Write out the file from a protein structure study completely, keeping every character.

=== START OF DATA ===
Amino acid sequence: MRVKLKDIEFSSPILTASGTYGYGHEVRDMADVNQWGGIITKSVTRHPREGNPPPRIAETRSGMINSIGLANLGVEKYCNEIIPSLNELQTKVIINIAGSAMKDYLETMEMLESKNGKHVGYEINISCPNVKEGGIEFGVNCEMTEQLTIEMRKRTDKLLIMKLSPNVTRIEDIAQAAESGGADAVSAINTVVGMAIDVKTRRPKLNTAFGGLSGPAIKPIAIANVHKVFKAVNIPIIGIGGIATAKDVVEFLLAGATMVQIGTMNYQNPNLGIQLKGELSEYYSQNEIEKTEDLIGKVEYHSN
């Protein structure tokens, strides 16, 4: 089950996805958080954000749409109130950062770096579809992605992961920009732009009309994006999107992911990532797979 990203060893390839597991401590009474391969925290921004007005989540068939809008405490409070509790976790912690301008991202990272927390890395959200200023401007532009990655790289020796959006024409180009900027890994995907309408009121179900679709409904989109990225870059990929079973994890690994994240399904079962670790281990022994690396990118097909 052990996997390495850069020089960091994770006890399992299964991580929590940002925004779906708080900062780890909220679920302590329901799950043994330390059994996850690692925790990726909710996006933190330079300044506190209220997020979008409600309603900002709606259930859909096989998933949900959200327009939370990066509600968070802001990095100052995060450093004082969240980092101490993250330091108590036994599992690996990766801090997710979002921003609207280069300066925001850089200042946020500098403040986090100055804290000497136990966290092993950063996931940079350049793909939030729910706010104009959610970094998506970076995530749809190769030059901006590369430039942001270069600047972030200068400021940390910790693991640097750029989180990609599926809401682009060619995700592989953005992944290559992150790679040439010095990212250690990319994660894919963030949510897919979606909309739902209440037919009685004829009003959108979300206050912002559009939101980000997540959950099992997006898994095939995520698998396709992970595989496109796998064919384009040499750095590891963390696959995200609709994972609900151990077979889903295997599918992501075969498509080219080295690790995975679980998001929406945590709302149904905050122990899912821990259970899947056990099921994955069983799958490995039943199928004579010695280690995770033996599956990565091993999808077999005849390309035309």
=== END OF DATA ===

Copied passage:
Amino acid sequence: MRVKLKDIEFSSPILTASGTYGYGHEVRDMADVNQWGGIITKSVTRHPREGNPPPRIAETRSGMINSIGLANLGVEKYCNEIIPSLNELQTKVIINIAGSAMKDYLETMEMLESKNGKHVGYEINISCPNVKEGGIEFGVNCEMTEQLTIEMRKRTDKLLIMKLSPNVTRIEDIAQAAESGGADAVSAINTVVGMAIDVKTRRPKLNTAFGGLSGPAIKPIAIANVHKVFKAVNIPIIGIGGIATAKDVVEFLLAGATMVQIGTMNYQNPNLGIQLKGELSEYYSQNEIEKTEDLIGKVEYHSN
């Protein structure tokens, strides 16, 4: 089950996805958080954000749409109130950062770096579809992605992961920009732009009309994006999107992911990532797979 990203060893390839597991401590009474391969925290921004007005989540068939809008405490409070509790976790912690301008991202990272927390890395959200200023401007532009990655790289020796959006024409180009900027890994995907309408009121179900679709409904989109990225870059990929079973994890690994994240399904079962670790281990022994690396990118097909 052990996997390495850069020089960091994770006890399992299964991580929590940002925004779906708080900062780890909220679920302590329901799950043994330390059994996850690692925790990726909710996006933190330079300044506190209220997020979008409600309603900002709606259930859909096989998933949900959200327009939370990066509600968070802001990095100052995060450093004082969240980092101490993250330091108590036994599992690996990766801090997710979002921003609207280069300066925001850089200042946020500098403040986090100055804290000497136990966290092993950063996931940079350049793909939030729910706010104009959610970094998506970076995530749809190769030059901006590369430039942001270069600047972030200068400021940390910790693991640097750029989180990609599926809401682009060619995700592989953005992944290559992150790679040439010095990212250690990319994660894919963030949510897919979606909309739902209440037919009685004829009003959108979300206050912002559009939101980000997540959950099992997006898994095939995520698998396709992970595989496109796998064919384009040499750095590891963390696959995200609709994972609900151990077979889903295997599918992501075969498509080219080295690790995975679980998001929406945590709302149904905050122990899912821990259970899947056990099921994955069983799958490995039943199928004579010695280690995770033996599956990565091993999808077999005849390309035309």